An aircrewman with the 743rd Bomb Group standing in front of B-24H Liberator 'TePee Time Gal' wearing typical protective clothing, San Giovanni Airfield, Foggia, Italy, 1944-45.

An aircrewman with the 743rd Bomb Group standing in front of B-24H Liberator ‘TePee Time Gal’ wearing typical protective clothing, San Giovanni Airfield, Foggia, Italy, 1944-45.

The airgunner on the picture is Major David G. Bellemere and behind him is the B-24 Liberator heavy bomber ‘Tepee Time Gal’. He’s wearing the typical flight clothing: M4 flak helmet with Polaroid B-8 goggles, flak jacket, F-2 electrical flying suit with B-3 jacket, A-14 oxygen mask, the gloves and ugg airmen boots.

Swastikas inscribed on the plane’s body represent number of German planes shot down (so-called kill counts). Bombs represent number of missions flown (so-called bombing run). Crews frequently got attached to their aircraft, as they are not only flying them but continually repairing and maintaining them. Additionally, it is one of the things they were allowed to personalize. More importantly, the plane was what carried them away from death and back to the safety of their airfield. The work you put into the maintenance and care for the plane is a culmination of the will you have to live on and survive. Aircraft would eventually be lost, outdated or scrapped due to maintenance cost and replaced.

Aircrews in World War II decorated their planes with pictures of pinups and pretty girls. This kind of art was called “nose art“. It was (and still is) an interesting practice. While begun for practical reasons of identifying friendly units, the practice evolved to express the individuality often constrained by the uniformity of the military, to evoke memories of home and peacetime life, and as a kind of psychological protection against the stresses of war and the probability of death. Some see a deep, psychological impulse – attaching a talisman, a good-luck charm, to the aircraft as a way of warding off evil, death, and bullets. The beautiful Indian girl painted on the above photograph was named Wattacrok.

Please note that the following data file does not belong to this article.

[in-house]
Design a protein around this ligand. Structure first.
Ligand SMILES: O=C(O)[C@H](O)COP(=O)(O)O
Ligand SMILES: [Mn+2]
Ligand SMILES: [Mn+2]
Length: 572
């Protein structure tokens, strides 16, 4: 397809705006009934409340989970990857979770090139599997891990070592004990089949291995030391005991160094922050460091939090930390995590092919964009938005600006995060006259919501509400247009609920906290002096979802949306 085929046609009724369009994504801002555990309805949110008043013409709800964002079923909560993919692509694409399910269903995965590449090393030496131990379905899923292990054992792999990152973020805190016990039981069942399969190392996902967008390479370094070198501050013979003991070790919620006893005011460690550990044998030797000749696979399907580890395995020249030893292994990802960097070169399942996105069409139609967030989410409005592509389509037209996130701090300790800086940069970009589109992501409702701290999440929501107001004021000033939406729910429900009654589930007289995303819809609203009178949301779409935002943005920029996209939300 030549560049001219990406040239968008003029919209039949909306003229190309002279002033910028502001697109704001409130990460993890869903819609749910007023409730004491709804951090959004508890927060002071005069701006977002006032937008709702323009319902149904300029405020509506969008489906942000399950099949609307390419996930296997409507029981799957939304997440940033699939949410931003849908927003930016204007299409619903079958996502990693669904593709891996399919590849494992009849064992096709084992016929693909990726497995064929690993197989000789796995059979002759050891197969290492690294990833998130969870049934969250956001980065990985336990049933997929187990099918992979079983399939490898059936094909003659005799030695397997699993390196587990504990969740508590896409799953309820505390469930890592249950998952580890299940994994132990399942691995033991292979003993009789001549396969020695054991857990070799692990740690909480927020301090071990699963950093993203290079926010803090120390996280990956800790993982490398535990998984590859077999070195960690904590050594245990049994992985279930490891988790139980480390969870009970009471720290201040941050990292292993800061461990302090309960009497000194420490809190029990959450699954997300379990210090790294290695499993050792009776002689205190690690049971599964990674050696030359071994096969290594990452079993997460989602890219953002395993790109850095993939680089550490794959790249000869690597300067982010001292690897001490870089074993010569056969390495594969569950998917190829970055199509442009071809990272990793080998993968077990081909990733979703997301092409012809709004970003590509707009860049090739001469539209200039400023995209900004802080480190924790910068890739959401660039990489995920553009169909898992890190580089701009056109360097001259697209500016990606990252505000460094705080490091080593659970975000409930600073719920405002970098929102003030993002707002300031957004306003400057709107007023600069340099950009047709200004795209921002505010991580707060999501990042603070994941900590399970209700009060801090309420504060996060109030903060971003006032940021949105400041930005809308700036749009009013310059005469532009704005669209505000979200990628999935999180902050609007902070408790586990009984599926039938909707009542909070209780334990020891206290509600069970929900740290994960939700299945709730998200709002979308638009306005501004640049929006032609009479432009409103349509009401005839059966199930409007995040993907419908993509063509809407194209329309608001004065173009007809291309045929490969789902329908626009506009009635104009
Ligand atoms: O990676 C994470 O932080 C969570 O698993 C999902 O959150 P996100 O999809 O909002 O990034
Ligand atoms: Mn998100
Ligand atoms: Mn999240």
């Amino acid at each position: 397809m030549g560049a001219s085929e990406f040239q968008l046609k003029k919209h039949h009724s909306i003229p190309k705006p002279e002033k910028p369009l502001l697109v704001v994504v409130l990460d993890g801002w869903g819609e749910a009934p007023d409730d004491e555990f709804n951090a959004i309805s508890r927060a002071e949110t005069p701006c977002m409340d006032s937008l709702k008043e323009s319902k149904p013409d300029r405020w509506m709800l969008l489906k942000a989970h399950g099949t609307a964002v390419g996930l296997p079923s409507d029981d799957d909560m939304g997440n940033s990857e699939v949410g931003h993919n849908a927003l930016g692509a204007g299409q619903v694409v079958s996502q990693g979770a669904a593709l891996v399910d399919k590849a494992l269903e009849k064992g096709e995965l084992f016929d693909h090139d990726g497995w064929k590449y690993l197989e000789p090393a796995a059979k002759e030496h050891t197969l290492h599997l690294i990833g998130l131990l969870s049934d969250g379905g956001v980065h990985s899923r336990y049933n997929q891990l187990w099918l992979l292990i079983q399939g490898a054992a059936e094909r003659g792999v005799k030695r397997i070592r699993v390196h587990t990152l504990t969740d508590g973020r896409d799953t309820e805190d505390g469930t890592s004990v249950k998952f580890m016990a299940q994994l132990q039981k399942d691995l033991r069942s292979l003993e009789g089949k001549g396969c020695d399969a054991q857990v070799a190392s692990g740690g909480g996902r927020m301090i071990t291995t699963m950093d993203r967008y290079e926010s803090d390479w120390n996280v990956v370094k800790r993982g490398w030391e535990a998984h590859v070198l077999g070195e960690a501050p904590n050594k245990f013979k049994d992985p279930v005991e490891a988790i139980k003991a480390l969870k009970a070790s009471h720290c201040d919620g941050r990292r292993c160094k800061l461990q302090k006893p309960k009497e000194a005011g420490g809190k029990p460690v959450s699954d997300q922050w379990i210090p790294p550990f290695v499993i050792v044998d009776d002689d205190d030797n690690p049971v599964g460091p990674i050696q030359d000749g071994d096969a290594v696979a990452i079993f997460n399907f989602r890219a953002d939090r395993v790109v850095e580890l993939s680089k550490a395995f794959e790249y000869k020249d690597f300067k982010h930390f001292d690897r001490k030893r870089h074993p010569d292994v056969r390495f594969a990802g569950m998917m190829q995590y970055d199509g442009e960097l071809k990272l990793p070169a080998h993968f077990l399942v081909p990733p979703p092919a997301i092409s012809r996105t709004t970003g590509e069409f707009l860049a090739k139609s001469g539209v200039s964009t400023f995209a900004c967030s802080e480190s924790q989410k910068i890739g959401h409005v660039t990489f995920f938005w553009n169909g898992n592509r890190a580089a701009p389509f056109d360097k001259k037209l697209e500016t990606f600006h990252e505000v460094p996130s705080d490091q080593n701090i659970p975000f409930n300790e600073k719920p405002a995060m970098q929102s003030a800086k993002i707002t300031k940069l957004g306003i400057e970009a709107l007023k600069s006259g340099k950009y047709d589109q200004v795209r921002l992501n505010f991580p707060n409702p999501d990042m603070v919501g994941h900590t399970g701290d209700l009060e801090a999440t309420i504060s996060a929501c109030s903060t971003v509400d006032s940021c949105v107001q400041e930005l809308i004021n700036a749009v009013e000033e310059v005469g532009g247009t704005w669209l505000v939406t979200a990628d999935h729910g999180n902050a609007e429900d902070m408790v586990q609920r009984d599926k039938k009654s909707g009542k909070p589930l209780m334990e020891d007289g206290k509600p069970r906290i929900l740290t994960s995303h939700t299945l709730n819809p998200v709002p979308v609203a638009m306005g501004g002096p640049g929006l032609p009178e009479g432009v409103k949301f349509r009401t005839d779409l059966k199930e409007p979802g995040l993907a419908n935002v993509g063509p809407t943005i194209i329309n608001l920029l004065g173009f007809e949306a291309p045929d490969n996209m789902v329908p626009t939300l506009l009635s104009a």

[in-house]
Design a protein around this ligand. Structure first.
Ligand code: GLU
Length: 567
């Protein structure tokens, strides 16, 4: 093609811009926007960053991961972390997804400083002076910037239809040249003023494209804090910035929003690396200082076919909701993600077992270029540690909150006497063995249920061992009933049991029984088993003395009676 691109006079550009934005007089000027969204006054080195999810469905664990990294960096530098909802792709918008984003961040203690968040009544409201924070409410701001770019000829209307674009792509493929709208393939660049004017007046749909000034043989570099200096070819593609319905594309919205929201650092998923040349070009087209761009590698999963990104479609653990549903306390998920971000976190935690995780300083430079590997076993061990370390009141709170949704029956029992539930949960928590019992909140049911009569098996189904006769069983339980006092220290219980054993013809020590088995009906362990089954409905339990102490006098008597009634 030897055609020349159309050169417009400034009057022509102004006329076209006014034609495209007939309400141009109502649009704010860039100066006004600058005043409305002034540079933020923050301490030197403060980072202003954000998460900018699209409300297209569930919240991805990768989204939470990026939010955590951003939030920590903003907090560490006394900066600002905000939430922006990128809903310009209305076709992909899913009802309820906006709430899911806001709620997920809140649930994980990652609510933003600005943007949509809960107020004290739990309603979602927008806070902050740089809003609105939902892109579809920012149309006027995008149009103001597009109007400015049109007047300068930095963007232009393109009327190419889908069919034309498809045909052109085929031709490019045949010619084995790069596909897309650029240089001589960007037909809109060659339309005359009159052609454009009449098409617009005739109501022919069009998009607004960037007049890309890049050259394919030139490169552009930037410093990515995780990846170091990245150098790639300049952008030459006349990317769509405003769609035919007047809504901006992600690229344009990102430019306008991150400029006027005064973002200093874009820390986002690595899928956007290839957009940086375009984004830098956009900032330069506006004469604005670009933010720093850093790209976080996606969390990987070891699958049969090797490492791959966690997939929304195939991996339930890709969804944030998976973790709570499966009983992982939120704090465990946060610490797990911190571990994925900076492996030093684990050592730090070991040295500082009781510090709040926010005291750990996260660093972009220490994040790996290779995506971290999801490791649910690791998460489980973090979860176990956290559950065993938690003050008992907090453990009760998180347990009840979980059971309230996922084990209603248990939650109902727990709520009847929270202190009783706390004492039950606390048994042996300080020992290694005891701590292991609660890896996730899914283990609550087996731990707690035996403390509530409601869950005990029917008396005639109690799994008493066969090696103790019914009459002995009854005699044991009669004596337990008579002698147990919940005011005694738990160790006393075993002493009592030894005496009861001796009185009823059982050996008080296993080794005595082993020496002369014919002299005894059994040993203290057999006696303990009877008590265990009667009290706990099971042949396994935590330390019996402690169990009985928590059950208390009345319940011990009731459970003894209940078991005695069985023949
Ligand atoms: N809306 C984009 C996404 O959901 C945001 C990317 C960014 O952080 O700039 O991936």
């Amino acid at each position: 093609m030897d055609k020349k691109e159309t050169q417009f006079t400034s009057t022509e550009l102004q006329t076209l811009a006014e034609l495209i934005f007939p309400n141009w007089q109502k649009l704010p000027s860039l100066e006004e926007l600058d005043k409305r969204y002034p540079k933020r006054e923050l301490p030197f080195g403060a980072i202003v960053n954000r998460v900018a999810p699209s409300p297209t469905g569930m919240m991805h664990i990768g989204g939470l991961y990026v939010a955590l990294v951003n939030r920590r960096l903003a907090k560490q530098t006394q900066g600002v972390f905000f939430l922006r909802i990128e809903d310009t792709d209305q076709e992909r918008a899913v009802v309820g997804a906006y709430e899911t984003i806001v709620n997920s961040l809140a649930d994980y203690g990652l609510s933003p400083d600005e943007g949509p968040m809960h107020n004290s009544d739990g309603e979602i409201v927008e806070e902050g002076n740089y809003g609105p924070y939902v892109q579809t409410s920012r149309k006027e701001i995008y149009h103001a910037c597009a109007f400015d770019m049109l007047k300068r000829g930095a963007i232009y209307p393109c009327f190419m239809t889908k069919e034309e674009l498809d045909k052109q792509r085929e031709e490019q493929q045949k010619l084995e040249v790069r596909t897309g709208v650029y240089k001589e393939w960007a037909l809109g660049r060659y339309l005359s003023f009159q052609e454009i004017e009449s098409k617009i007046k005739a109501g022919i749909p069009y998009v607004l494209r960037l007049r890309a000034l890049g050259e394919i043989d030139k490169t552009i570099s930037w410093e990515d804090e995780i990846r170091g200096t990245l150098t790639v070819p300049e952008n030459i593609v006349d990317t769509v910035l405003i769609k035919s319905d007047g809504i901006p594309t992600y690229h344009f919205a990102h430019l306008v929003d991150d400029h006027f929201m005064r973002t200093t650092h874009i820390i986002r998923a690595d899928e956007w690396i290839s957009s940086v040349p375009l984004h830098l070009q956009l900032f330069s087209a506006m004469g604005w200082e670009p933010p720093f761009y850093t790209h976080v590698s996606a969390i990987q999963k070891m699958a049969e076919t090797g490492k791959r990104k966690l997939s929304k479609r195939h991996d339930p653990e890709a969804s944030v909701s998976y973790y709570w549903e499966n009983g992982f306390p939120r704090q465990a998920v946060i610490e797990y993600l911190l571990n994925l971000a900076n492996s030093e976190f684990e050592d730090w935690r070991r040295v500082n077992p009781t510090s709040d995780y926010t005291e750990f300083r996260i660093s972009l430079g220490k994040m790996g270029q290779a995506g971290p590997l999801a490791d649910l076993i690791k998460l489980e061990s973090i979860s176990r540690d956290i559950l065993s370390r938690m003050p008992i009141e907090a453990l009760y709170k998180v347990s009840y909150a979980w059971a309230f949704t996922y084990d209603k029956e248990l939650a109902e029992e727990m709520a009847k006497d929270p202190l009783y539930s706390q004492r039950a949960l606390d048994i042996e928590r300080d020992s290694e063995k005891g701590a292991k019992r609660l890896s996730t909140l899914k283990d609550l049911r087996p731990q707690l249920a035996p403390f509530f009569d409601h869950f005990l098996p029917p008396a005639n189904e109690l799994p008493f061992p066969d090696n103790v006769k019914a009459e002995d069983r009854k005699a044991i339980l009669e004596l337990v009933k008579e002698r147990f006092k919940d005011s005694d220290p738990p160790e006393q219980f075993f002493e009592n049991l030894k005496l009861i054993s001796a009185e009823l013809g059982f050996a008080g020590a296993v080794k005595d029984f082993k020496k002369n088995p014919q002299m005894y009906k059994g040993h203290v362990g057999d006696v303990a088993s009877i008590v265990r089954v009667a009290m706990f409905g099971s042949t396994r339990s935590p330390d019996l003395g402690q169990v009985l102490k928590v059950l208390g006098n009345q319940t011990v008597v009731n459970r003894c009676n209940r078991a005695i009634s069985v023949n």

In 1942, during the first three months of America’s combat flights over Europe the average bomber crew was expected to complete 8-12 missions before being shot down or disabled. This in mind, the US Army Air Force decided that 25 missions would constitute a “completed tour of duty” because of the “physical and mental strain on the crew”. The 25 missions was a number crews could believe in, and provided some hope of a light at the end of the tunnel, particularly necessary with the grim statistics bomber crews faced early-on, before long-range fighter escorts significantly improved mission survivability when they arrived later on in the course of the conflict. This 25 missions rule does seem kind of strange because an infantryman was in until he was killed, injured or somebody won. Surviving 25 missions was pretty rare, so to inherit such a plane was considered extremely lucky. The new crew could always tell the new airplanes from the old ones because they were warmer. On the old ones the seals around the turrets would eventually wear out and let the cold in.